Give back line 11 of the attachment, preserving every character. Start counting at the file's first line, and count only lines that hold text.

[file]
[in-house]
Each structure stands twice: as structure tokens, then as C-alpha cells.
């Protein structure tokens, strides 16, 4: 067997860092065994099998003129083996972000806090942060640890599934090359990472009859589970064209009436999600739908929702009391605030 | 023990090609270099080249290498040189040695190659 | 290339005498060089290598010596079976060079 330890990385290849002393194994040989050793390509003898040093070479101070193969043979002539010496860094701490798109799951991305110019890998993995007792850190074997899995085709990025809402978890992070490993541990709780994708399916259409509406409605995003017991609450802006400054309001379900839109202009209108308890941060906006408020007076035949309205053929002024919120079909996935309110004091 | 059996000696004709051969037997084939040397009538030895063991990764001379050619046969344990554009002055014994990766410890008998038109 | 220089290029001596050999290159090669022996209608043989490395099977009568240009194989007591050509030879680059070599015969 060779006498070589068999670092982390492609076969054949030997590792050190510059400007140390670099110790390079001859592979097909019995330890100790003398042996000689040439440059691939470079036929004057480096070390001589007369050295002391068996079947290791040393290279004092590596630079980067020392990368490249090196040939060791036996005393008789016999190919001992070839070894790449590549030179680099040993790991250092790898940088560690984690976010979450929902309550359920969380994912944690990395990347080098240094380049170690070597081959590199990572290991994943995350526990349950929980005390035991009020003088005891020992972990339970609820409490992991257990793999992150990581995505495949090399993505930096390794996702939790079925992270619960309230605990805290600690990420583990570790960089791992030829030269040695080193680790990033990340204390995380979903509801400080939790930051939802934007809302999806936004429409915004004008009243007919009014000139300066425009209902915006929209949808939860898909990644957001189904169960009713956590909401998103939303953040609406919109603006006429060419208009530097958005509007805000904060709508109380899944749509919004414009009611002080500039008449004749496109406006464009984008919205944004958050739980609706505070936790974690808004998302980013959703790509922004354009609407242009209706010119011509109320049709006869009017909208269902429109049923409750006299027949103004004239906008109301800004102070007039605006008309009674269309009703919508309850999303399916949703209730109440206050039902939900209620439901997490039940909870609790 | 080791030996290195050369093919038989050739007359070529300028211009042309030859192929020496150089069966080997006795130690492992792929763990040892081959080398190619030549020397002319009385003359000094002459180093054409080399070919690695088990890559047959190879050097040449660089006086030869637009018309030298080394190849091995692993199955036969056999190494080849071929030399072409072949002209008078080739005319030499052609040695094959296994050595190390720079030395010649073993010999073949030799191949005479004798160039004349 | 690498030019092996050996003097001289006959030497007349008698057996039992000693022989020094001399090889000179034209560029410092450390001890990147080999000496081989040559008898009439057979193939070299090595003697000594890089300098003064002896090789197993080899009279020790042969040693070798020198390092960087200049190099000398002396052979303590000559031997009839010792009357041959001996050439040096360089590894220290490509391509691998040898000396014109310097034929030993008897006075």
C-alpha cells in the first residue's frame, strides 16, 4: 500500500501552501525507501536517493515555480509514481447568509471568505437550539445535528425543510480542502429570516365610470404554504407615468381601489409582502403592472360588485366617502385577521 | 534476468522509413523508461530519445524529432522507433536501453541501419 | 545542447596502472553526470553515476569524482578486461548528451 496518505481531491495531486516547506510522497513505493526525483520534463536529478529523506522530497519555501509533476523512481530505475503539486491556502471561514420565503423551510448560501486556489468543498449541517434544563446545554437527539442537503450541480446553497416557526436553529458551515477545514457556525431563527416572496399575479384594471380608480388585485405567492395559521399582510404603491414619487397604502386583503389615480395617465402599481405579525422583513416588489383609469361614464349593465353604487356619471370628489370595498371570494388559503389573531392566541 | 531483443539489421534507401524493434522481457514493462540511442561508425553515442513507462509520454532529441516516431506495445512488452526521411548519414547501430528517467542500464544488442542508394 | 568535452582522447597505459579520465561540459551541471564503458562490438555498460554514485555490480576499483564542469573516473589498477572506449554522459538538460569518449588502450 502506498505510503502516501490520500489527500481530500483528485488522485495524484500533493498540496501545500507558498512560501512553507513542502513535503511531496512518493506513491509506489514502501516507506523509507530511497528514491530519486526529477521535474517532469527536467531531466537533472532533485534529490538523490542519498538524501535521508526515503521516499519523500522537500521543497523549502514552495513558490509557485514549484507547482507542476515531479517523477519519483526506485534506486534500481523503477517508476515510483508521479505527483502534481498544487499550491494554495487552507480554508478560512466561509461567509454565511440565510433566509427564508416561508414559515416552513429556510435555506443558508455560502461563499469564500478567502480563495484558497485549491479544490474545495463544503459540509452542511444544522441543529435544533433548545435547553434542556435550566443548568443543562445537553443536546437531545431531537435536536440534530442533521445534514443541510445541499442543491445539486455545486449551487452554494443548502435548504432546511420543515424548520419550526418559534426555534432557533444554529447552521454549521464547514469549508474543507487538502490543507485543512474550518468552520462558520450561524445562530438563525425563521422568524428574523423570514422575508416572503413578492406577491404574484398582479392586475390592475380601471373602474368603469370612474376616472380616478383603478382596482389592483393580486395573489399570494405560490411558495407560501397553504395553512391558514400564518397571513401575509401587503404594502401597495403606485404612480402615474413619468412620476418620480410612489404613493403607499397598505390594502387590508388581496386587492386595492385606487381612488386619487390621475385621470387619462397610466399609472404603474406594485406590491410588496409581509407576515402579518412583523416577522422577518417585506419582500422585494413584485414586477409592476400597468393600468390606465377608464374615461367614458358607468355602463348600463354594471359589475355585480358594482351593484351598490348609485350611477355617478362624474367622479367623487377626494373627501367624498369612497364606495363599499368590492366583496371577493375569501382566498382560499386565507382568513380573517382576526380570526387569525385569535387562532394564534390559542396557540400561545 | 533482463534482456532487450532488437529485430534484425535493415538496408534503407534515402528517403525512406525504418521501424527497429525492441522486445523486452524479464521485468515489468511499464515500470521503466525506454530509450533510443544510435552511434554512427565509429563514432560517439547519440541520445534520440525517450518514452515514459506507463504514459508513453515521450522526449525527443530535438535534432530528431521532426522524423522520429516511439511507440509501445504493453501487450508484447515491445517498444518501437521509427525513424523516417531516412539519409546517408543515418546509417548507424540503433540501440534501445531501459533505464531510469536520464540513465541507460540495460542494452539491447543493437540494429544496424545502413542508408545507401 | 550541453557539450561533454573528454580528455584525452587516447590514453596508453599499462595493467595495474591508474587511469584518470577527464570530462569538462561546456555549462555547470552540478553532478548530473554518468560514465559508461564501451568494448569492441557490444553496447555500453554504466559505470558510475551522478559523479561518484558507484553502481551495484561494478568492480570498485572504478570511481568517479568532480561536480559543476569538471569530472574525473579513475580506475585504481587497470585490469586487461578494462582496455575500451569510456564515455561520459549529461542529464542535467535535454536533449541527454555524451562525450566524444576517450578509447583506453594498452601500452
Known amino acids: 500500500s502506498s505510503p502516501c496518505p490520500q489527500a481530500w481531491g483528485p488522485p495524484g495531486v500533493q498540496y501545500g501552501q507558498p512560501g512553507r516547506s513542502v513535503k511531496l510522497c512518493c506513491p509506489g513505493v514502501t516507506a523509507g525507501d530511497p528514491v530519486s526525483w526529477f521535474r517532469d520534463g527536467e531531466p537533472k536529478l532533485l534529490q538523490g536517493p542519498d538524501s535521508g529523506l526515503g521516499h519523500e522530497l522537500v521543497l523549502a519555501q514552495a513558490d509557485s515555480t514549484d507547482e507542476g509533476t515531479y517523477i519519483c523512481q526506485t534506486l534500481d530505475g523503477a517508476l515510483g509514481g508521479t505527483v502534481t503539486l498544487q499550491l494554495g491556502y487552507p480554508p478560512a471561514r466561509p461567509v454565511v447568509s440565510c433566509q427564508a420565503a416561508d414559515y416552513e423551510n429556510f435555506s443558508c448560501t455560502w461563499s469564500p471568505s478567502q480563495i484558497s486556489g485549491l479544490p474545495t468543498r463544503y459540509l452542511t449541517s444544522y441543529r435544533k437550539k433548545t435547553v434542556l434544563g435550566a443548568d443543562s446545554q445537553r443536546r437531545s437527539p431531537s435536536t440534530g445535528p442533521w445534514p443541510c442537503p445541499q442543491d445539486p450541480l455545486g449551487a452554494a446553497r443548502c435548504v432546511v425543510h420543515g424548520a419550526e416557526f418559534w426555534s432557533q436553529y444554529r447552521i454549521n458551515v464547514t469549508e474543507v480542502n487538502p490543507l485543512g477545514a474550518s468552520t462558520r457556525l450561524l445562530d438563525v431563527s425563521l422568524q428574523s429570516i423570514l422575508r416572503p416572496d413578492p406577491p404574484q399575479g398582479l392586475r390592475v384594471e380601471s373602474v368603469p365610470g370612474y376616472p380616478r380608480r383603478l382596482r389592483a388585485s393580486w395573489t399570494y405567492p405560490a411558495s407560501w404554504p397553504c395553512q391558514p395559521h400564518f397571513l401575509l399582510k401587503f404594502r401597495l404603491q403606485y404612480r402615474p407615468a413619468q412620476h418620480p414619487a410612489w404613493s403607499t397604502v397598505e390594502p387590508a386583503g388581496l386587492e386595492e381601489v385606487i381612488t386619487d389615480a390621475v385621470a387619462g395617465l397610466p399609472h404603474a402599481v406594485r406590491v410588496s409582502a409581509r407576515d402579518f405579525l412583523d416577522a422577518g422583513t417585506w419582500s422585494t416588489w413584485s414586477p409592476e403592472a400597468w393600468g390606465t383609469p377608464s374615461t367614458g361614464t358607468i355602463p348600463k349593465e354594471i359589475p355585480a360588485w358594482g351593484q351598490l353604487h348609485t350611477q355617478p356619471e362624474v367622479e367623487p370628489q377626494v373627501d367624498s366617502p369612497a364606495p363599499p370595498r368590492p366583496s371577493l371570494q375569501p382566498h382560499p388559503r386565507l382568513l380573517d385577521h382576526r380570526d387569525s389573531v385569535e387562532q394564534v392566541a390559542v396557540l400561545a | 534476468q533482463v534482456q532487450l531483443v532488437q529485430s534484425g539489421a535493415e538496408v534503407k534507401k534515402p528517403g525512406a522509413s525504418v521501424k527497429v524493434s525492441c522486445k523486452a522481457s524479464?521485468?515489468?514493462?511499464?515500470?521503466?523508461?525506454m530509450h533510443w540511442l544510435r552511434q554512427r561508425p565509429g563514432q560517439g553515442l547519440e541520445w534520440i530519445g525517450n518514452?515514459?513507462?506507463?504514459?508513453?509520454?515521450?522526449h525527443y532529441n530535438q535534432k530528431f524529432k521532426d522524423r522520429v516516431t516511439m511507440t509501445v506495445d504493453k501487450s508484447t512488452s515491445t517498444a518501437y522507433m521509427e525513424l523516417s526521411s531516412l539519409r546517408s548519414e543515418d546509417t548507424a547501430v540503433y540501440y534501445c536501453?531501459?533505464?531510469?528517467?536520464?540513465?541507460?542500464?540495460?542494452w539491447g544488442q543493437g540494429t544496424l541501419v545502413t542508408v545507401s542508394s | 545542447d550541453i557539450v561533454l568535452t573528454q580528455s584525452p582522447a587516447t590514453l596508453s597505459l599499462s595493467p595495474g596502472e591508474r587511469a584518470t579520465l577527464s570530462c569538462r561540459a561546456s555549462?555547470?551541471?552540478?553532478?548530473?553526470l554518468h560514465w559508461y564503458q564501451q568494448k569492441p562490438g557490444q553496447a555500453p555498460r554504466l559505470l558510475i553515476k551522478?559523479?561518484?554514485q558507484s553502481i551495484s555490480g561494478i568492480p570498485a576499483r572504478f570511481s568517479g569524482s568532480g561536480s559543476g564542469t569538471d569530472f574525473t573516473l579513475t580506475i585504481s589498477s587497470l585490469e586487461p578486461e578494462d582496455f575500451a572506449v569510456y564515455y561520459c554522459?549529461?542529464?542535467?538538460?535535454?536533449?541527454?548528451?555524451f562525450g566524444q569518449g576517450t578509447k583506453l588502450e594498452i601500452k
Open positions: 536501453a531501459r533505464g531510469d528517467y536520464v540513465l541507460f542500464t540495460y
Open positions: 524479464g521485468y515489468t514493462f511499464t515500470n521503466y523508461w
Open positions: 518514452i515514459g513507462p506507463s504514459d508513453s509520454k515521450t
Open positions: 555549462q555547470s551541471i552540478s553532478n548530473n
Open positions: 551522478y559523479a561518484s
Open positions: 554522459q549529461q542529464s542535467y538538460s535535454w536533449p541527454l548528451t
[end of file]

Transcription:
Open positions: 554522459q549529461q542529464s542535467y538538460s535535454w536533449p541527454l548528451t